Over the Fence Urban Farm


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Hope for the Future

This is Leo.

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In February, he wrote me this email:

Hi my name is Leo and I’m currently a freshman at Ohio State. I happened to find the Facebook page for Over the Fence Urban Farm, and immediately knew it was something I wanted to support. I’m originally from Hawaii, where through school trips and community service opportunities I was able to go to and help out at multiple local organic farms. I would love to be able to come and help out in your garden. Please email me back with any info regarding ways I can help.

I wrote back and let him know things would get going in March and gave him a rough idea of what days of the week might be good to come around. Low and behold, the first week in March, he got back in touch! He wanted to try to come around before he left for spring break. Things didn’t work out that week, but once he was back in town and completed his midterms, he reached out again. We went back and forth for a month and a half until, yesterday, we connected, just days before he leaves for summer recess.

Leo showed up on time. He was enthusiastic about what we’re doing here – asked questions, shared stories from his own experiences, smiled, helped with the chores, played with the chickens, and took a big bag of greens back to the dorm to make a salad for his friends.

Thank you, Leo. Thank you for reaching out and keeping in touch. Thank you for giving me hope for the future at a time when so many things in our country and around the world seem to be upside down and falling to pieces. Thank you for being a mensch. Have a great break and we’ll see you again in August!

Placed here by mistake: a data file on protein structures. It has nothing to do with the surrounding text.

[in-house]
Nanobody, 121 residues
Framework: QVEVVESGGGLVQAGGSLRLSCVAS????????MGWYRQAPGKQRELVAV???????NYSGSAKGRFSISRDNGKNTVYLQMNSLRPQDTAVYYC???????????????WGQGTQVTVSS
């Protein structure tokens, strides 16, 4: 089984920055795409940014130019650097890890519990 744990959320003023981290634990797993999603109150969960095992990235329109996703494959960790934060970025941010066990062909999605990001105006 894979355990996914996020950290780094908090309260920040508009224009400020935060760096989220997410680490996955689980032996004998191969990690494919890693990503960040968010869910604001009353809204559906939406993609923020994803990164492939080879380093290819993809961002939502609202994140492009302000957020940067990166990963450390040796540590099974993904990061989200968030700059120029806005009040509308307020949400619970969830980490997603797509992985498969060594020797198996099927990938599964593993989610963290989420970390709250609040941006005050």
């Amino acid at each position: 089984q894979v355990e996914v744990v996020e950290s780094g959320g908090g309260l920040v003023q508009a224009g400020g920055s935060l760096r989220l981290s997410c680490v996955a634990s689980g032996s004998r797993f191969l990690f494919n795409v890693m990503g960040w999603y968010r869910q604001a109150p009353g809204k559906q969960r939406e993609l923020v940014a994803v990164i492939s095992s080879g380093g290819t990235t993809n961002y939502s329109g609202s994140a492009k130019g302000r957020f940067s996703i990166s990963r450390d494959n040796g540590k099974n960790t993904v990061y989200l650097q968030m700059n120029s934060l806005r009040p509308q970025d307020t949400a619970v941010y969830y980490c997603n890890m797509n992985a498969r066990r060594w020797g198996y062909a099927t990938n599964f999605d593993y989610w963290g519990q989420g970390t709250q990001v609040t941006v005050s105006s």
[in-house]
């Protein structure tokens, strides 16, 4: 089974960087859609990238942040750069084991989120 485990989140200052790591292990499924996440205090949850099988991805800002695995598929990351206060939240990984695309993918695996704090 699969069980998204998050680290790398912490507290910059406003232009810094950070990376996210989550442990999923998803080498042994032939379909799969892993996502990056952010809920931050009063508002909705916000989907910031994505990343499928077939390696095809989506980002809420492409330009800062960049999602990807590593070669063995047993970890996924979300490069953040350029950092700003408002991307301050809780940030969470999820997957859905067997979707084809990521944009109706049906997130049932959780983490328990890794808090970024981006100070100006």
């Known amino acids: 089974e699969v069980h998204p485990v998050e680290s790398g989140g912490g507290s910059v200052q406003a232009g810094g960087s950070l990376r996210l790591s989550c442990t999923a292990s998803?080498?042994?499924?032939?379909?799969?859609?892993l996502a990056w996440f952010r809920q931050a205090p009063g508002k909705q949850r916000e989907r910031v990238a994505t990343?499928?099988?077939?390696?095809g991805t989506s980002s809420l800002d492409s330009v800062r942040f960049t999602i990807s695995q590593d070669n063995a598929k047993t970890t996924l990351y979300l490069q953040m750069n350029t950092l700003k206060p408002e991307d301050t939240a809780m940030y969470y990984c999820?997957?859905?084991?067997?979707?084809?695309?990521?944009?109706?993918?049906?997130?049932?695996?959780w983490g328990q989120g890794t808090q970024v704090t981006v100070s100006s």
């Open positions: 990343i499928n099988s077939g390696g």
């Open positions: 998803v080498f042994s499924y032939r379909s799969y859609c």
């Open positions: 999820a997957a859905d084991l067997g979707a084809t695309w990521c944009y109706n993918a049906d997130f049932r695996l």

(If you’d  like to read more about young people working on the farm in this post from last summer, “Help from Abroad.”)

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Field report: 2.16.17

The sun was shining bright in Columbus, Ohio today. The temperature only got to about 38°F, but it I had a purpose to be outside, down on the ground, with my hands in the soil. And I was glad for that.

I transplanted onions I started inside and moved around field sown spinach seedlings so they were more evenly distributed.

This is the last night forecasted to go below freezing for the foreseeable future. While it seems awfully weird, we’re going to take advantage of it. Hope this inspires you to do the same.

 

 


Inside the high tunnel.


Spinach sown in high tunnel November 5.


Winter density lettuce transplanted in January, Radicchio transplanted 2.15, Mizuna sown in November, Sassy salad mix sown in January.


Tatsoi, Kale, Chard transplanted in October. Pac Choi transplanted early February.

 

 

 

 


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Validation by Six Year Old

An important mission of our farm is demonstrating that good food, lots of good food, can be grown within city limits. I am particularly excited about passing this knowledge on to children, so they might imagine a new future for our public and private spaces. And so, it was with GREAT joy that I opened this text from one of our CSA families this morning.

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And then…

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So yeah, I’m feeling pretty validated today. Thanks Ezra.

Note: This post was previously called “Validation by Text Message” but after thinking about it, I realized it wasn’t the texting that made this exchange so powerful, it was the sic year old behind it.

 

 

 


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Tomatoes Growing Up One Vine

People sometimes look sideways at our tomato vines. We grow them up strings tied about 6 feet up from the ground, prune them down to a single fruiting vine, and they grow to be about 10-15 feet long by October. We fit around 20 plants in a 25 foot row. This practice was the result of reading Fell’s Vertical Gardening and watching a pruning tutorial on YouTube. (It’s linked in this post from a few years ago: “Tomato Fingers.”)

This year I’m trying to train more of our CSA folks to prune the plants. This is something I like to do myself both because I enjoy it and because it is somewhat exacting work. But I need to teach others what I’ve learned the past few years and I need to let go so I can get away from the farm from time to time! Pruning must be done at least once a week.